3,234,562 Patented Feb. 8, 1966 To illustrate our invention more clearly, reference is made to the drawings in which:
FIGURE 1 is a partially sectioned view of a cell embodying our invention.
FIGURE 2 is an enlarged partially sectioned view of the cell taken along the line 2-2 of FIGURE 1.
FIGURE 3 is an isometric showing a cell embodying our invention installed in a flow line.
FIGURE 4 is a schematic diagram showing the installation and method of operation of the cell of our invention in a diborane synthesis operation.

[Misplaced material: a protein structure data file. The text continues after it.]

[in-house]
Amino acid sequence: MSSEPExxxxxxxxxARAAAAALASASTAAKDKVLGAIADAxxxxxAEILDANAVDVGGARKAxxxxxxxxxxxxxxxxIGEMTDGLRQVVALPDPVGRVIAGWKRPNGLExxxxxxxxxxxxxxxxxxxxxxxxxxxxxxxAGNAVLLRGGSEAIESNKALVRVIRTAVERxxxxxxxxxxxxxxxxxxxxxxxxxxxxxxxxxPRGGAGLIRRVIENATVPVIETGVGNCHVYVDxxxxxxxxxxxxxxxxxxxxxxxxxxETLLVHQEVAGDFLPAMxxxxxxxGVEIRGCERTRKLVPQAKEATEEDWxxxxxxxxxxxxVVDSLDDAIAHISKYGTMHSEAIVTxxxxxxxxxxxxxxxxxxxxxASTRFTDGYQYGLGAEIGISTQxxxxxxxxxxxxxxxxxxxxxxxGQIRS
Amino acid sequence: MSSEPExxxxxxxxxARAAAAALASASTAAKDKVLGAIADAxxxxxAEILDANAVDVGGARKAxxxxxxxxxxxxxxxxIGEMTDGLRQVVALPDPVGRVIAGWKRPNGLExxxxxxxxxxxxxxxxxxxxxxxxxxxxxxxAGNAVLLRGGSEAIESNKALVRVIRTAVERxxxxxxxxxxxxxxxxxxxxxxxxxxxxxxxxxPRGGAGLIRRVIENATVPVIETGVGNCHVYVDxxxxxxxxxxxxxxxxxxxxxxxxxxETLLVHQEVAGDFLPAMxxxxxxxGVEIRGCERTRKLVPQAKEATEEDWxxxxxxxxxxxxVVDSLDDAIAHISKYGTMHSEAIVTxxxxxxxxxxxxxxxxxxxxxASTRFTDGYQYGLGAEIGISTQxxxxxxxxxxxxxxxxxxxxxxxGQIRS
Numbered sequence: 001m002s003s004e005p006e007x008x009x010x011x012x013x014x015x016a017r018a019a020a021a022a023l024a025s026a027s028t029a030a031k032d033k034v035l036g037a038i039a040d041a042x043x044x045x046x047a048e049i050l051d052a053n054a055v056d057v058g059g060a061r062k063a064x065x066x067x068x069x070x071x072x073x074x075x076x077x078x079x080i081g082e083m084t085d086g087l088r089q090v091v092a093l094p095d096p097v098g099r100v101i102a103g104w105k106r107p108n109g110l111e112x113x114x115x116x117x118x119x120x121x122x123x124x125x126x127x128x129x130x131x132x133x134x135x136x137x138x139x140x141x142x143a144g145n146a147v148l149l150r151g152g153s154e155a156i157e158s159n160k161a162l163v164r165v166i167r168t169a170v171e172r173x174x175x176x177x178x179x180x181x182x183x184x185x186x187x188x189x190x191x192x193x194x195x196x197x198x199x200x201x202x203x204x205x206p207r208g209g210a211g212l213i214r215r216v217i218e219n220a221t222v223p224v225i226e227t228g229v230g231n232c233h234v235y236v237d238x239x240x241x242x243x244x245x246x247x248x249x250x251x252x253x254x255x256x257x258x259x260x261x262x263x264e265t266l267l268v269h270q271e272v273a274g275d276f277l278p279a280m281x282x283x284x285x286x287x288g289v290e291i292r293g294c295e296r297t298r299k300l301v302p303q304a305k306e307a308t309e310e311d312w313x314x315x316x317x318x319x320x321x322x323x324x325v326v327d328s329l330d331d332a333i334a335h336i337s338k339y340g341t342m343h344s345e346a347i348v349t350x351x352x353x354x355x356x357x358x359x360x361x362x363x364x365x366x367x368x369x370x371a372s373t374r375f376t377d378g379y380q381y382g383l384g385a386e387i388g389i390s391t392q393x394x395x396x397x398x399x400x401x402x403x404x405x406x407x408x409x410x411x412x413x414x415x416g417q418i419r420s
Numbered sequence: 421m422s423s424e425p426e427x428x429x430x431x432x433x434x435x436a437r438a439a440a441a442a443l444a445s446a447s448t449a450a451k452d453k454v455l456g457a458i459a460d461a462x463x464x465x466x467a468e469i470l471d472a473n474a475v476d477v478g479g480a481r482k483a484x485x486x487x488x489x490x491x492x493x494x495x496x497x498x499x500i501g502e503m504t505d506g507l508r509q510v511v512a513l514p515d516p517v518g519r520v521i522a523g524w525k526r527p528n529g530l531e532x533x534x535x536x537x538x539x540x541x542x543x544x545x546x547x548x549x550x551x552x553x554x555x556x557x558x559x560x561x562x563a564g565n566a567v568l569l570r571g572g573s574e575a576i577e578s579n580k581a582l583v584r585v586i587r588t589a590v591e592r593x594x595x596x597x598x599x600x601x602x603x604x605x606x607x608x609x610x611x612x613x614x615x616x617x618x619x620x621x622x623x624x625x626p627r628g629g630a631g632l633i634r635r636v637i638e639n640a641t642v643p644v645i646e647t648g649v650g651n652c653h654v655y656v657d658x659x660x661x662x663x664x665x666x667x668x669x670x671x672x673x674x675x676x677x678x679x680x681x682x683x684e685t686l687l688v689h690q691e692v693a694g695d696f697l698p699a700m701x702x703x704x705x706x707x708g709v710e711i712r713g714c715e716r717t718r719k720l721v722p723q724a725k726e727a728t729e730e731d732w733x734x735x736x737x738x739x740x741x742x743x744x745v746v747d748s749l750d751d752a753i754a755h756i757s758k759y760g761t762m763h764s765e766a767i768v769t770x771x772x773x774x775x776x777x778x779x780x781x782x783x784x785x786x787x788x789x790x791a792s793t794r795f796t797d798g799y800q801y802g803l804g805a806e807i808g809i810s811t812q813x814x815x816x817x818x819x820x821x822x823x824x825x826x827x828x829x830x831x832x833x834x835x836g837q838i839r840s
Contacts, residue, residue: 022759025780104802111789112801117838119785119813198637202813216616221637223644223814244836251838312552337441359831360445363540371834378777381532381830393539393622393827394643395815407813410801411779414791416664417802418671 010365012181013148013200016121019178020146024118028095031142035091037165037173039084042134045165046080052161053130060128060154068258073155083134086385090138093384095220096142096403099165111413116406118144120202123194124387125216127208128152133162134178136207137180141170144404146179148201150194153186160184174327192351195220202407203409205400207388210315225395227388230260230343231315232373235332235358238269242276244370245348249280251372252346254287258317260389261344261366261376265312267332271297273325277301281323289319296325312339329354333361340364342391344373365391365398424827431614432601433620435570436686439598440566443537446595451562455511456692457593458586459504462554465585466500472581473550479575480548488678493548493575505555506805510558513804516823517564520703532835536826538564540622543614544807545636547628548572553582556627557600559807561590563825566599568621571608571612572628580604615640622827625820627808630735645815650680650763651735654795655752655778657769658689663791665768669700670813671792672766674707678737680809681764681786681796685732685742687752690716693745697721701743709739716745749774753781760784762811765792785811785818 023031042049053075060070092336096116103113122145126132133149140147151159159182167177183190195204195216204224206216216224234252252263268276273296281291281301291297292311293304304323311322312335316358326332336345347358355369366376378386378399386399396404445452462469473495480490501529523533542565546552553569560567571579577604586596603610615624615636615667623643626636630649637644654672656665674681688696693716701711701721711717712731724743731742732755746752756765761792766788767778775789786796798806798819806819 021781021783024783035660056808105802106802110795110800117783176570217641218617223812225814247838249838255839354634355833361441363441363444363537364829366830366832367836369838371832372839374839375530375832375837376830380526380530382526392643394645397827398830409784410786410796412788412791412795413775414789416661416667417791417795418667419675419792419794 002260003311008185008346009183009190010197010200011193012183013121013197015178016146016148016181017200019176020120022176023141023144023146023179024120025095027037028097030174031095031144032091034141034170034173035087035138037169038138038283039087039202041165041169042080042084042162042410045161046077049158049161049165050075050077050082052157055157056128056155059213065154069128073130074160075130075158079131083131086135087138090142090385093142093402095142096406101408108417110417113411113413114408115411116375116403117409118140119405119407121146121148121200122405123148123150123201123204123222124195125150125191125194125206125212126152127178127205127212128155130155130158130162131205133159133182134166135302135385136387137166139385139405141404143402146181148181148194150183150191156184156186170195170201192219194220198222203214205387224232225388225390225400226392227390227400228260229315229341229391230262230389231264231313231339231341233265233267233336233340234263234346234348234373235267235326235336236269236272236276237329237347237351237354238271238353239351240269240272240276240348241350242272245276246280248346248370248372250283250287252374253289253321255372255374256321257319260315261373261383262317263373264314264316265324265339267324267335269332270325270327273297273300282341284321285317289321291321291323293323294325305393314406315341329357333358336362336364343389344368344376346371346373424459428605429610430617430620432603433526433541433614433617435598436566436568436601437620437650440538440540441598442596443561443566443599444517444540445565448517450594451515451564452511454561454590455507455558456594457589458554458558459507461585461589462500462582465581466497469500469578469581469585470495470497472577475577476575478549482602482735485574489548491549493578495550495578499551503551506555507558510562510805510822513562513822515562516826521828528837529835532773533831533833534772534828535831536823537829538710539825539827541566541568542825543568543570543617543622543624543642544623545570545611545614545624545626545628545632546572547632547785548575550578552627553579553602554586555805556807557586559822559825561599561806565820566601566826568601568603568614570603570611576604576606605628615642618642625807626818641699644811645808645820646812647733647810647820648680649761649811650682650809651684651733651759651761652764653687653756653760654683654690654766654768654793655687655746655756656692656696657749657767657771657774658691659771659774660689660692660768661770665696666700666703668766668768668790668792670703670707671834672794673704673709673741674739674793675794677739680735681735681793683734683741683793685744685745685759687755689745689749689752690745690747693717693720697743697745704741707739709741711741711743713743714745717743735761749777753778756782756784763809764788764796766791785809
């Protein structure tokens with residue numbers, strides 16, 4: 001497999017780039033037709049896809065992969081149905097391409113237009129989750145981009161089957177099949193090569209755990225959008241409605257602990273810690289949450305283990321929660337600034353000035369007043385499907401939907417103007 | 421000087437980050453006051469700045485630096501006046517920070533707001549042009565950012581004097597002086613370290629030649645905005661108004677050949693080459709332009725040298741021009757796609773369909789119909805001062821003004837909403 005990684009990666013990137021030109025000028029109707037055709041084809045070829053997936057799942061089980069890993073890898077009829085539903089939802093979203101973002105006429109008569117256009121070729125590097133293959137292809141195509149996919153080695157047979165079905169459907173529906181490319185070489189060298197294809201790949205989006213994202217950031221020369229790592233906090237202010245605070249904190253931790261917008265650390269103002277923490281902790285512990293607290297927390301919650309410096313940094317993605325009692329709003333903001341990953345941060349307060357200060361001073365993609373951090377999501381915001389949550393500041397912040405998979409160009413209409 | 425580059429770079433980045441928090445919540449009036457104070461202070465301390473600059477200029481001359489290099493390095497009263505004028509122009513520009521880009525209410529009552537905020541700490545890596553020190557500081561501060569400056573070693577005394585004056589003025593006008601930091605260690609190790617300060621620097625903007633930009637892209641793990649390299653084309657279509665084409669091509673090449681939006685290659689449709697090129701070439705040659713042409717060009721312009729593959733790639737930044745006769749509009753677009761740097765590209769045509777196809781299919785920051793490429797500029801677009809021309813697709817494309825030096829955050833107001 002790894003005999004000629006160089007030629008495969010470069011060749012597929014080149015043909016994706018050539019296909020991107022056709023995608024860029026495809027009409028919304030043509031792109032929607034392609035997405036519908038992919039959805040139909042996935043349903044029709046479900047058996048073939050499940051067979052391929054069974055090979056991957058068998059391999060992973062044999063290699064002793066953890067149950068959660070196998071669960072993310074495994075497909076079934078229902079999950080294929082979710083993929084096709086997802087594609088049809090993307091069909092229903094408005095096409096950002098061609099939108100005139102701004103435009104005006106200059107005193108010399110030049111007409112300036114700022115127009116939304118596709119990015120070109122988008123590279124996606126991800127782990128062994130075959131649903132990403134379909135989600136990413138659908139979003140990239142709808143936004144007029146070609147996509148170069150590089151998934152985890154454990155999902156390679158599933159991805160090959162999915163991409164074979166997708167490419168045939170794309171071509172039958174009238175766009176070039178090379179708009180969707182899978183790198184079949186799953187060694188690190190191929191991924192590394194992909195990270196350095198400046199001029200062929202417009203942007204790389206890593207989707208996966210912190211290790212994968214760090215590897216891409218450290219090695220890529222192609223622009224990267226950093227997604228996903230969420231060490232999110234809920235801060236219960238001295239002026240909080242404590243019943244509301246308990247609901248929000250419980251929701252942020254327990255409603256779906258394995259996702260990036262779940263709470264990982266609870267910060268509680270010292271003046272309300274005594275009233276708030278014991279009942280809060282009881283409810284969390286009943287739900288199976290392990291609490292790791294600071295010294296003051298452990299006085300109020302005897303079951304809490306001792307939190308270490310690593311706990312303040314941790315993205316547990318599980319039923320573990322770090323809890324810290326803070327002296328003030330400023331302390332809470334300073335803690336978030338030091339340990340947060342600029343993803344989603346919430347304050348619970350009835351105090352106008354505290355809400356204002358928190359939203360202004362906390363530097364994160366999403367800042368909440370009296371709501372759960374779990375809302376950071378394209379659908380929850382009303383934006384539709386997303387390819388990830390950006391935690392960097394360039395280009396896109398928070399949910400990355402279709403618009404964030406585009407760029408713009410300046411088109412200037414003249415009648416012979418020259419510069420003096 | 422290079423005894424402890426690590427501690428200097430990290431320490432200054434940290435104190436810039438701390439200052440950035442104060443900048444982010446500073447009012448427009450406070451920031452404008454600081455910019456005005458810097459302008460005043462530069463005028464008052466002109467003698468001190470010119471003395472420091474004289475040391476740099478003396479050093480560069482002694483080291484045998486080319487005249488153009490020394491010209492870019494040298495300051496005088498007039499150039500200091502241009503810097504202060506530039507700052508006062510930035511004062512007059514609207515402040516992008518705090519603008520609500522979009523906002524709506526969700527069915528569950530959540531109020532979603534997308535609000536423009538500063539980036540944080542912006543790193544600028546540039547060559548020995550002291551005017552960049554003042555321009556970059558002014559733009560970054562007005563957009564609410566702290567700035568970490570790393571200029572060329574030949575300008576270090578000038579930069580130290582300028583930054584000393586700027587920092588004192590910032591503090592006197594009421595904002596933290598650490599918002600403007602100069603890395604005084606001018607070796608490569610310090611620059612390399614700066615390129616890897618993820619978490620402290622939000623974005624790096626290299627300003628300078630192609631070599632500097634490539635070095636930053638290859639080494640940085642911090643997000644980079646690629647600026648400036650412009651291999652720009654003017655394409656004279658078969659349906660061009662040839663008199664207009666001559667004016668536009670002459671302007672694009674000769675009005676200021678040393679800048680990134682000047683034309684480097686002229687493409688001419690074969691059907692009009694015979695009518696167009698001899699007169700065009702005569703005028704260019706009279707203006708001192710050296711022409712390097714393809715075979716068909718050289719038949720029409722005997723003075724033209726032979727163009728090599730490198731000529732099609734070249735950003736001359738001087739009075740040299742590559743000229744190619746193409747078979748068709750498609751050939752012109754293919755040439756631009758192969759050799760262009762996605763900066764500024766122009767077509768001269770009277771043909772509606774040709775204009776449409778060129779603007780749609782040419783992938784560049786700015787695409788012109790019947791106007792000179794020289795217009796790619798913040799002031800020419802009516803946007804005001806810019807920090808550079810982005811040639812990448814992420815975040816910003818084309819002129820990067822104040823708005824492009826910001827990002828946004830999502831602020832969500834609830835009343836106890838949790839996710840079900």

FIGURES 1 and 2 show a cell of our invention, the body of which is a flat square block composed of an inert insulating material having two opposing square faces 14 and 15 and four equidimensional rectangular faces 20, 22, 32 and 34. Faces and 34 and faces 22 and 32 are respectively opposing. In block 10 is cylindrical passageway 12 centrally located within the square face 14 and having its axis perpendicular to face 14. Also, within block 10 are cylindrical passageways 16 and 1S centrally located within rectangular faces 20 and 22, respectively, so that their axes are perpendicular to each other and perpendicular to the axis of passageway 12. Positioned coaxially with passageways 16 and 18 are cylindrical pasageways 24 and 26, respectively, having diameters greater than pasageways 16 and 18 thereby forming shoulders 25 and 27, and positioned between passageways 16 and 18 and passageway 12, providing communiction therebetween. Positioned coaxially with passageways 16 and 24 and passageways 18 and 26, are cylindrical passageways 28 and respectively, at least equal in diameter to passageways 24 and 26 located opposite passageway 12 from passageways 24 and 26, respectively. Passageways 28 and 30 each provide communication between passageway 12 and the exterior of block 10 through rectangular faces 32 and 34, respectively. The ends of passageways 28 and 30 remote from passageway 12 are threaded to receive plugs 36 and 38, respectively. Also located in block 10 are four cylindrical passageways 40, 42, 44 and 46 positioned with their axes parallel to the axis of passageway 12. Passageways 40, 42, 44 and 46 are disposed an equal distance from the axis of passageway 12, one in each of the quadrants formed by the axes of passageways 18, 26 and 28 and passageways 16, 24 and 30, and an equi-arcuate distance from each of the axes bordering its respective quadrant.